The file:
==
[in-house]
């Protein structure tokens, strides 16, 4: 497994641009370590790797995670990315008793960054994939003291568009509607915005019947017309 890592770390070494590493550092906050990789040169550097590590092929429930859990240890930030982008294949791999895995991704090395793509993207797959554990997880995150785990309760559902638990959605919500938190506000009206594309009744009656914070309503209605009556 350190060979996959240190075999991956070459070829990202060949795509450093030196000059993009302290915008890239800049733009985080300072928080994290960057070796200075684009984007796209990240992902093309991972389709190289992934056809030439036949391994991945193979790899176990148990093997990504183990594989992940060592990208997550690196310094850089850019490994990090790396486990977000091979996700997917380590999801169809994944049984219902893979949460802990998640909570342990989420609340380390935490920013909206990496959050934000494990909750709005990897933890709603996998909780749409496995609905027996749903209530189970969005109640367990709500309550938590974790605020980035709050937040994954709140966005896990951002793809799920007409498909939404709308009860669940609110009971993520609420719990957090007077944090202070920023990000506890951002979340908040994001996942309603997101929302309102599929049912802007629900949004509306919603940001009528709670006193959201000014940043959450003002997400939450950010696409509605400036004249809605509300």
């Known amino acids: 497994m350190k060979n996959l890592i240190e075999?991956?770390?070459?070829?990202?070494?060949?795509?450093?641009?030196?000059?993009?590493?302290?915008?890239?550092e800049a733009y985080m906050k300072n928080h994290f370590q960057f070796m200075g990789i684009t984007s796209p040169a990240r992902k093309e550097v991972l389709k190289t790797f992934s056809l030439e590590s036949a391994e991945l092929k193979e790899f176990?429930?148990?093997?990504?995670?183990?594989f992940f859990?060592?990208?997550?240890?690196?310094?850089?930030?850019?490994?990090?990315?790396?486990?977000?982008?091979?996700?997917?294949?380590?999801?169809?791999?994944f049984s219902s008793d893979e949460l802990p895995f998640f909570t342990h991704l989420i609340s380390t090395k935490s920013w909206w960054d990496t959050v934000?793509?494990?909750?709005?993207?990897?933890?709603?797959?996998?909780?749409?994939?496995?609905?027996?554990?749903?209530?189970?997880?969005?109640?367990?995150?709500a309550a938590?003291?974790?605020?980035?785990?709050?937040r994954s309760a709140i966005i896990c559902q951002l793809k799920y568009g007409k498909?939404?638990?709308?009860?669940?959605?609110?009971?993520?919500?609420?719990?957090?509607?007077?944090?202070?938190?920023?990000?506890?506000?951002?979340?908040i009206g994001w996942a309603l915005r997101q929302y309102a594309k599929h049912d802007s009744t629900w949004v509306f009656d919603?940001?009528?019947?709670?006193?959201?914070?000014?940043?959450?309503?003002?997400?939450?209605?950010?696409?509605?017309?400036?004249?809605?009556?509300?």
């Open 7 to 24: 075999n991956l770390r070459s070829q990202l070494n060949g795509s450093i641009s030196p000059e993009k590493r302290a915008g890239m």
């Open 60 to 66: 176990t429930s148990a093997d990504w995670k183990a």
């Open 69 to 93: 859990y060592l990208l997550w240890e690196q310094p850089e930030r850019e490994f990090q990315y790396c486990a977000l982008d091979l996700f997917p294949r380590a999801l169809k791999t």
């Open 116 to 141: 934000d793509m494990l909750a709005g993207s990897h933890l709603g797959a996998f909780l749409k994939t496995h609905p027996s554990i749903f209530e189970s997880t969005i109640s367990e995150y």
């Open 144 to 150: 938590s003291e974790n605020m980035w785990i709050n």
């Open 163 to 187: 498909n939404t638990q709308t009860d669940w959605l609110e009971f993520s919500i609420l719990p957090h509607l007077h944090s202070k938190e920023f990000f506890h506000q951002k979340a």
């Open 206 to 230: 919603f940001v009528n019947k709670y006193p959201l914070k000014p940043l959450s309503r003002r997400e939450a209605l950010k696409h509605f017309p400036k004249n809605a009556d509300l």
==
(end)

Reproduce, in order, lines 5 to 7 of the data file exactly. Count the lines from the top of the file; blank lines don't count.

């Open 60 to 66: 176990t429930s148990a093997d990504w995670k183990a």
């Open 69 to 93: 859990y060592l990208l997550w240890e690196q310094p850089e930030r850019e490994f990090q990315y790396c486990a977000l982008d091979l996700f997917p294949r380590a999801l169809k791999t």
């Open 116 to 141: 934000d793509m494990l909750a709005g993207s990897h933890l709603g797959a996998f909780l749409k994939t496995h609905p027996s554990i749903f209530e189970s997880t969005i109640s367990e995150y």